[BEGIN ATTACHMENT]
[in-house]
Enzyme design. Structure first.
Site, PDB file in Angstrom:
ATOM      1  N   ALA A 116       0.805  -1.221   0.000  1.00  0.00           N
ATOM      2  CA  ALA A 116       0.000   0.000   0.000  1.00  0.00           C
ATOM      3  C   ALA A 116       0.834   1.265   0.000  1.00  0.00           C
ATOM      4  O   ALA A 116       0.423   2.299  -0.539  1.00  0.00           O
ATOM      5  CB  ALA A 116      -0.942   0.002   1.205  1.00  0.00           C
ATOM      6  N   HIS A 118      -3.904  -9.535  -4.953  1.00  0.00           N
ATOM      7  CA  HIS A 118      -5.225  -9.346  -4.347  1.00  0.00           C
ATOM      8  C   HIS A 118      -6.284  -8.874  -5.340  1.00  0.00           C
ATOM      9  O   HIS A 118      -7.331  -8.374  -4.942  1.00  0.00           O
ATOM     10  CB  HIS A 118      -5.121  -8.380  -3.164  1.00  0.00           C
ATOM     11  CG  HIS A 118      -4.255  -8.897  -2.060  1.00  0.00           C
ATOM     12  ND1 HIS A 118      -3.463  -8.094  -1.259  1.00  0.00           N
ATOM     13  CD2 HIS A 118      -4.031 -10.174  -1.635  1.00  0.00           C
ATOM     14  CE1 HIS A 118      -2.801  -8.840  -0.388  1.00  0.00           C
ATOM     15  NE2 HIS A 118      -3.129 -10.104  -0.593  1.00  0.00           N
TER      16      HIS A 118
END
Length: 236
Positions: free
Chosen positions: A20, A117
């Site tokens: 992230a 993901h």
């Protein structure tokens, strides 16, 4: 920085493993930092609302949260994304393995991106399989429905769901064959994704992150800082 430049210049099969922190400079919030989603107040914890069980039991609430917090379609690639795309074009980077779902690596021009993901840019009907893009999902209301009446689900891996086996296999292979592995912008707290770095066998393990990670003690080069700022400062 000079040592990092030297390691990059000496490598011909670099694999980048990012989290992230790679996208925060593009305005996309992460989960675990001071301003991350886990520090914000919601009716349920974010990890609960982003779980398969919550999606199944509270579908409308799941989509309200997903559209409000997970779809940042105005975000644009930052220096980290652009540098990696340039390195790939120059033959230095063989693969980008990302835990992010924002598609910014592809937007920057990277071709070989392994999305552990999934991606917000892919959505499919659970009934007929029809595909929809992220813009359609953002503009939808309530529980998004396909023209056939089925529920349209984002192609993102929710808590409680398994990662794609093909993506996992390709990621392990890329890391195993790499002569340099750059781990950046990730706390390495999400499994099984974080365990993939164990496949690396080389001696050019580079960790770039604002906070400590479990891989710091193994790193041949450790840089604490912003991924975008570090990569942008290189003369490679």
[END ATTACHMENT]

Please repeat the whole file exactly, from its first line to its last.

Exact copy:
[in-house]
Enzyme design. Structure first.
Site, PDB file in Angstrom:
ATOM      1  N   ALA A 116       0.805  -1.221   0.000  1.00  0.00           N
ATOM      2  CA  ALA A 116       0.000   0.000   0.000  1.00  0.00           C
ATOM      3  C   ALA A 116       0.834   1.265   0.000  1.00  0.00           C
ATOM      4  O   ALA A 116       0.423   2.299  -0.539  1.00  0.00           O
ATOM      5  CB  ALA A 116      -0.942   0.002   1.205  1.00  0.00           C
ATOM      6  N   HIS A 118      -3.904  -9.535  -4.953  1.00  0.00           N
ATOM      7  CA  HIS A 118      -5.225  -9.346  -4.347  1.00  0.00           C
ATOM      8  C   HIS A 118      -6.284  -8.874  -5.340  1.00  0.00           C
ATOM      9  O   HIS A 118      -7.331  -8.374  -4.942  1.00  0.00           O
ATOM     10  CB  HIS A 118      -5.121  -8.380  -3.164  1.00  0.00           C
ATOM     11  CG  HIS A 118      -4.255  -8.897  -2.060  1.00  0.00           C
ATOM     12  ND1 HIS A 118      -3.463  -8.094  -1.259  1.00  0.00           N
ATOM     13  CD2 HIS A 118      -4.031 -10.174  -1.635  1.00  0.00           C
ATOM     14  CE1 HIS A 118      -2.801  -8.840  -0.388  1.00  0.00           C
ATOM     15  NE2 HIS A 118      -3.129 -10.104  -0.593  1.00  0.00           N
TER      16      HIS A 118
END
Length: 236
Positions: free
Chosen positions: A20, A117
């Site tokens: 992230a 993901h």
């Protein structure tokens, strides 16, 4: 920085493993930092609302949260994304393995991106399989429905769901064959994704992150800082 430049210049099969922190400079919030989603107040914890069980039991609430917090379609690639795309074009980077779902690596021009993901840019009907893009999902209301009446689900891996086996296999292979592995912008707290770095066998393990990670003690080069700022400062 000079040592990092030297390691990059000496490598011909670099694999980048990012989290992230790679996208925060593009305005996309992460989960675990001071301003991350886990520090914000919601009716349920974010990890609960982003779980398969919550999606199944509270579908409308799941989509309200997903559209409000997970779809940042105005975000644009930052220096980290652009540098990696340039390195790939120059033959230095063989693969980008990302835990992010924002598609910014592809937007920057990277071709070989392994999305552990999934991606917000892919959505499919659970009934007929029809595909929809992220813009359609953002503009939808309530529980998004396909023209056939089925529920349209984002192609993102929710808590409680398994990662794609093909993506996992390709990621392990890329890391195993790499002569340099750059781990950046990730706390390495999400499994099984974080365990993939164990496949690396080389001696050019580079960790770039604002906070400590479990891989710091193994790193041949450790840089604490912003991924975008570090990569942008290189003369490679």